As an experienced B2B web design agency, we know what it takes to design and build quality websites that convert. We also know that not everyone is comfortable in the design space or knows where to start when giving feedback on a website design.
In an effort to streamline the feedback process for you and your internal stakeholders, we’ve put together our tried and true tips and advice for getting constructive, actionable B2B web design feedback from your team.
Keep Your Eye on the Big Picture
One tip we always share with our clients is to keep in mind the “big picture.” A new website design often has so many elements that it doesn’t take long to get lost in the weeds.
It’s important to note and share with your team that content and images can often be swapped out or changed at any time. Rather than spend too much time critiquing a particular image or visual, step back and look at the overall layout and functionality of the web page or digital asset. While your feedback on images is often very helpful, it doesn’t need to be highly detailed, especially when it’s a first draft of a design. What is important though is to ensure all the sections of a page or website are present and are in a layout you think works well for end users.
Also, it’s important to make sure the main elements on a page or website function as you expect or desire them to function. It can take longer to change the functionality of a particular element on a page – like a pop-up or button or scrolling feature- than it will be to find and drop in a new visual.
Read more: Planning tips for a B2B web design project.
Check the Overall Flow
Often, web designers craft a page or website with a particular flow in mind. The flow is a larger contributor to the overall user experience (UX) than how a sentence is worded or the color of a button. It’s crucial to consider the overall flow since that has more impact than whether a button is light green or dark green.
We advise our web design clients to look at the overall flow of the page. Think about things like:
- Do the order of the sections make sense to a website visitor?
- Is the visitor moved through the page seamlessly or is something stopping them?
- Is there anything that is highly distracting that takes away from the UX?
Often, if you tell your internal team to evaluate the overall flow of a webpage, they will keep their feedback strategic and high level.
Read more: Is your web design effective?
Keep Feedback Constructive
At our B2B web design agency, we prefer the term “feedback” rather than “criticism.” While it may seem like semantics, feedback engenders the idea that we are working in tandem to build a successful website design. On the other hand, criticism has a negative connotation and makes the entire process sound less collaborative and more order-taking.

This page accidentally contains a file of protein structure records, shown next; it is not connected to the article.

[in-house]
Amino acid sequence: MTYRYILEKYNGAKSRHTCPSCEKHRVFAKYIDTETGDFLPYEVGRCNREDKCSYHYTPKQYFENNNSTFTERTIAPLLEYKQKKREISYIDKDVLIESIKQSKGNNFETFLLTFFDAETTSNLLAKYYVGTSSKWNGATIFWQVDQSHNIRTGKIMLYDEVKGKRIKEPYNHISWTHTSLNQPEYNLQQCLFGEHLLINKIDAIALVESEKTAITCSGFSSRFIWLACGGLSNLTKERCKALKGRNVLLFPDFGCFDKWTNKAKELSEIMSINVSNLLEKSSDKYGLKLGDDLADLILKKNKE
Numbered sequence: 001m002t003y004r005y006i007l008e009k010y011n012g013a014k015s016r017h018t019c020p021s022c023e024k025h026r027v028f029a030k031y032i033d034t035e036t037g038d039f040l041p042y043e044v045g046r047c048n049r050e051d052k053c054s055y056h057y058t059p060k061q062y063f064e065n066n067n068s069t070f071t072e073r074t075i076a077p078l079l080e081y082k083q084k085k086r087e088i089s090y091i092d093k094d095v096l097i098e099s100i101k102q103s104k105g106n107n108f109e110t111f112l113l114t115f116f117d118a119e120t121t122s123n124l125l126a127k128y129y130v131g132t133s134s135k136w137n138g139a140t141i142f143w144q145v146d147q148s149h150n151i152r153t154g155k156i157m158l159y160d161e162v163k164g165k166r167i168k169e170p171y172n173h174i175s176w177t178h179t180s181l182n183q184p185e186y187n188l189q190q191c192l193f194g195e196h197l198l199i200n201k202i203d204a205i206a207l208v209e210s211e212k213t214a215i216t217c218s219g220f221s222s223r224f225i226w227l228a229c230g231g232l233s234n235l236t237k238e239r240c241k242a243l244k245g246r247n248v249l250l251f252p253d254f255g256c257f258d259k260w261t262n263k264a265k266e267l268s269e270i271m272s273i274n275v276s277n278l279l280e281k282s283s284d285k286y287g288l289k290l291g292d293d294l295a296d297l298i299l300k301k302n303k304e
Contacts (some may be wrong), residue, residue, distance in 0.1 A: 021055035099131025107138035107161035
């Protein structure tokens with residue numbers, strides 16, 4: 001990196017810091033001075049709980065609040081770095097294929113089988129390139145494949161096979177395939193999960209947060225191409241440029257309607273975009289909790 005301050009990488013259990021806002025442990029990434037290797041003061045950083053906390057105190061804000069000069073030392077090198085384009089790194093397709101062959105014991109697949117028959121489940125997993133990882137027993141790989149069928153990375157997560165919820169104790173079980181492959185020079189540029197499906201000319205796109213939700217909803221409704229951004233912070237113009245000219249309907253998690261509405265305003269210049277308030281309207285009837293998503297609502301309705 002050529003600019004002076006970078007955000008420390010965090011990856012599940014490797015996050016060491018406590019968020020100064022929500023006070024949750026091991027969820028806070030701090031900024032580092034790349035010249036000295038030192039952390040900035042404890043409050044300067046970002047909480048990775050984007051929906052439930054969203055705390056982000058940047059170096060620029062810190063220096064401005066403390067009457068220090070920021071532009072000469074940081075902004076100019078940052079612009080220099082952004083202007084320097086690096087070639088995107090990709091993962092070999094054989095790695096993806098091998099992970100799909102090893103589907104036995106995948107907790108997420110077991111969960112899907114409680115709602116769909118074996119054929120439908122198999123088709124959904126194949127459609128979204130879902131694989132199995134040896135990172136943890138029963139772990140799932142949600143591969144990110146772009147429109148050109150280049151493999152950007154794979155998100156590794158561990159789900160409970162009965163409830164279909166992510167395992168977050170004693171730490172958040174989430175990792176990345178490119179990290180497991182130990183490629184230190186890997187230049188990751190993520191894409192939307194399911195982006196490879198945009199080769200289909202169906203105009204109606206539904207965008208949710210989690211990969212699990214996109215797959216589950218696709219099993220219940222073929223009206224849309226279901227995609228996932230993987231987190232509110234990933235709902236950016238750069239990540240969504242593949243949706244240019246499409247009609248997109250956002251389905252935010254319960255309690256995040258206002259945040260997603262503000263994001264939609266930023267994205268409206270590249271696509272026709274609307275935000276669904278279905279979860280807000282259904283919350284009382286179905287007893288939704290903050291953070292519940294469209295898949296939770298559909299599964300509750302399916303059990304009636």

When providing feedback, we advise clients to be specific. If you don’t like something, give details as to why it doesn’t work and provide a suggestion on how to make it more to your liking. For example, “I hate this” doesn’t tell a designer that the visual looks too cartoony or enigmatic. But if you say, “We prefer illustrations rather than stock photography in offices” and provide a link to a few examples – the B2B web designer knows how to update the design to ensure the next version is more in line with your vision.
Read more: How to prep for a web design project.
Fonts and Copy Make a Difference
There is a reason that brand guidelines often have entire sections dedicated to fonts – including their weight, color, usage, applications, etc. Experienced designers (this does not include your nephew learning Adobe in 6th grade), know how to leverage and apply fonts and design treatments so the end result is seamless and cohesive with the brand and layout.
We do advise our clients to keep the fonts in mind as changing a font can change the layout of the whole page. For many website visitors, the font family used in a website design is not something they notice right away. However, if you see a website page with 4 dissimilar fonts being used, you WILL definitely notice and it’s not because you like it.
The same applies to copy. Often, in our website design projects, we tackle design/layout separately from copywriting. It can be helpful to see the two in one piece, but for many, it’s too distracting to focus on one or the other. Also, the design is often impacted by the tone of the copy and vice versa. Scrapping a bunch of copy or scrapping a bunch of the design will impact the other.
Work with B2B Web Design Experts
Professional web design experts don’t take feedback personally, especially when it’s provided in constructive, specific terms. If you or your team is new to B2B web design or looking to streamline the website design process – we suggest working with a team of experts. The experts will have a ton of experience working on projects just like you and will be able to help you through the process.